Review “Wuthering Heights” (Chicago Shakespeare Theater): Storytelling Captivates!

Chicago Shakespeare Theater’s World Series Stage presents Wise Children’s WUTHERING HEIGHTS. The UK show is a co-production of National Theatre, Wise Children, Bristol Old Vic and York Theatre Royal in association with Berkley Repertory Theatre. 

Emily Brontë’s classic masterpiece gets an innovative spin by Adapter and Director Emma Rice. Brontë penned a saga of love/hate, lust/revenge and life/death. The multi-generational epic happens in the wildness of the English moors. Even if all the story details aren’t familiar, a lot of folks have at least heard of Heathcliff and Catherine, infamous lovers from the 19th century. Rice revisits this toxic couple and their intense game playing. Her rendition mingles the brutality and intensity with humor and whimsy. While the ferocity of hate trumping love is blistering, the dynamic movement, clever narration and occasional cheeky sidebar engage on a higher level.The actual story is almost secondary to the storytelling. And Rice’s storytelling captivates! 

Rice skillfully orchestrates her impressive ensemble and production team in telling the tale. When the lights go up, the ensemble are suddenly visible sitting in wooden chairs flanking the bare stage. The backdrop sets the tone with projections (Designer Simon Baker) of sweeping cloud coverage. The band (Sid Goldsmith, Music Director Pat Moran, Vincent de Jesus, Lloyd Gorman, TJ Holmes) is in the northwest corner. The story starts with Lockwood (played by Sam Archer) trying to secure shelter at Wuthering Heights from the storm. As he pleads for help, he hilariously battles the wind. Movement Director and Choreographer Etta Murfitt has him horizontally clinging on to the house or flapping his coat to show the dire conditions. The cruel Heathcliff (played by U/S Richard Castro) and his creepy sidekicks, Hareton and Cathy (played by Tama Phethean and Eleanor Sutton) offer limited refuge from the storm. Lockwood becomes haunted by the Wuthering Heights’ residents… present and past as banshees scream through the dark squall.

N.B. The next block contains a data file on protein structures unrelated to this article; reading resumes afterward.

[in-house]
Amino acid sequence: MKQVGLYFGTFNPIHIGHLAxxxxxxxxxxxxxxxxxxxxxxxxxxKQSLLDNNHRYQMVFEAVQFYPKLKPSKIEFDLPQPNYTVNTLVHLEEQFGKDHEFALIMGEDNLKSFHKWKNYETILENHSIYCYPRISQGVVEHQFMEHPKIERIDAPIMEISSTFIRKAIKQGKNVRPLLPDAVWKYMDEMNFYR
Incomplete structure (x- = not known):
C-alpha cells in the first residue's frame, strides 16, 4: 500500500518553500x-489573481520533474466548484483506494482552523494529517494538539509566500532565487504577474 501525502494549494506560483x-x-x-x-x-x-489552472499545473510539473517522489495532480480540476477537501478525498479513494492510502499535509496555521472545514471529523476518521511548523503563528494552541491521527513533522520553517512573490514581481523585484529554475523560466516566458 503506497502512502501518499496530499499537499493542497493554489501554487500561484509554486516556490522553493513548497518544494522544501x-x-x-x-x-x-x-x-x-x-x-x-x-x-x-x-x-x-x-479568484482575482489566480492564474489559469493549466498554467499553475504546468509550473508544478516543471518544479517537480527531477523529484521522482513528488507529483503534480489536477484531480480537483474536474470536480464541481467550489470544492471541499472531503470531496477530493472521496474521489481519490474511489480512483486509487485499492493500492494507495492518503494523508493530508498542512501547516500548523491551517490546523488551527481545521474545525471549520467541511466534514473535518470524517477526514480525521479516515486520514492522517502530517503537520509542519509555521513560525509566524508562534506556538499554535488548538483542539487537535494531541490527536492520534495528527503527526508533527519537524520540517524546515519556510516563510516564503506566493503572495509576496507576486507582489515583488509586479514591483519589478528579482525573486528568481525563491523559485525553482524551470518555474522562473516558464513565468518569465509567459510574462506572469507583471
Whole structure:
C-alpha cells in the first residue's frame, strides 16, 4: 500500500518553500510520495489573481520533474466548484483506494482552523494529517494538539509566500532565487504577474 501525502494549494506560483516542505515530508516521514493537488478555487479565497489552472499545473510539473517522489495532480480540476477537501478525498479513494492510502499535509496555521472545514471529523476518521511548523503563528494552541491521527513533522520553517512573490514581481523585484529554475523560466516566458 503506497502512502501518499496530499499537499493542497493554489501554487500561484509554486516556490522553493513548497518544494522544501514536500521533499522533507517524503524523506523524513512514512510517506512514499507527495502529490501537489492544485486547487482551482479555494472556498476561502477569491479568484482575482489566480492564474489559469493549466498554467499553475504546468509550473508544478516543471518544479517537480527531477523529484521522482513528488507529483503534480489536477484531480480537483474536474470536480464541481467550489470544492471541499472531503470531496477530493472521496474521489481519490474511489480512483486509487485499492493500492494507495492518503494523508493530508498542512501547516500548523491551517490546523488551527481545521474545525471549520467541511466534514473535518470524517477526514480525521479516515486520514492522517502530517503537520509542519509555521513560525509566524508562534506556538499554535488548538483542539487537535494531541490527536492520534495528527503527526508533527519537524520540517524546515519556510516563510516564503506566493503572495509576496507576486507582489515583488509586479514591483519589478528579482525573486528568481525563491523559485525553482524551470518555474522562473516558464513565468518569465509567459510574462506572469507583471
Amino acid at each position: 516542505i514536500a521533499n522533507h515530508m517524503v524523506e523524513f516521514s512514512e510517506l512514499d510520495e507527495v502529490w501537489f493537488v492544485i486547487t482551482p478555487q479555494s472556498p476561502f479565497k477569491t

Flashback thirty years to how it all began when Catherine and Hindley’s father brought home an orphan named Heathcliff. The childhood love-hate triangle festers into adult relationships of marriages, inheritances and estrangements. Although the complex tale has an ongoing soap opera vibe and a marrying-cousins-ick-factor, the story remains neatly tucked behind Rice’s storytelling.          

Rice incorporates a variety of fascinating techniques. The chorus, led by Jordan Laviniere, are Yorkshire Moors. They support the story with beautifully sung repetitive verses, rhythmic dance movements and the occasional snarky directive to a needy character. The set design is minimal. It’s devised with portable walls doubling as beds and tables. Set and Costume Designer Vicki Mortimer fills the empty stage with an assortment of attire showcasing a character’s class or demise. Rice also uses several chalkboards to help identify the dead from the living. This gimmick minimizes the complicated Earnshaws and Lintons’ family trees. Despite similar names like Catherine and Cathy, Hindley and Hareton, all the Lintons and Little Linton, the chalkboards organize the characters for the audience. 

And speaking of Little Linton (played by a nimble Georgia Bruce), he brings refreshing levity to the second act. Bruce’s delivery, physicality and costume are comedy gold! The scenes between Bruce and Sutton are equally tender and riotous.      

Lots to love in this Brontë-palooza… emphasis on ‘lots.’  WUTHERING HEIGHTS lives up to its name. It’s a blustery, vast tale! The running time, including intermission, is about three hours. Although musicals have similar running times, there are no big musical numbers in this show to energize the audience. At the beginning of Act 2, the ensemble makes a joke of it. They mention the show is all about ‘sitting in the hate.’ That kind of sitting isn’t for everyone and I did see empty chairs after the intermission.  Still, I enjoyed the creative storytelling of Rice, the talented ensemble and inventive production team.     


Running Time: Two hours and fifty-five minutes includes an intermission

At Chicago Shakespeare Theater on Navy Pier

Based on the novel by Emily Brontë

Adapted and directed by Emma Rice

Performances are:

Wednesdays, Thursdays, Fridays, Saturdays at 7:30 p.m.

Wednesdays at 1 p.m.

Saturdays at 2:30 p.m.

Sundays at 2 p.m.

Thru February 19th  

For more information or tickets

Photos by Kevin Berne, courtesy of Berkeley Repertory Theatre.

For more Chicago theatre information and reviews, please visit Theatre in Chicago

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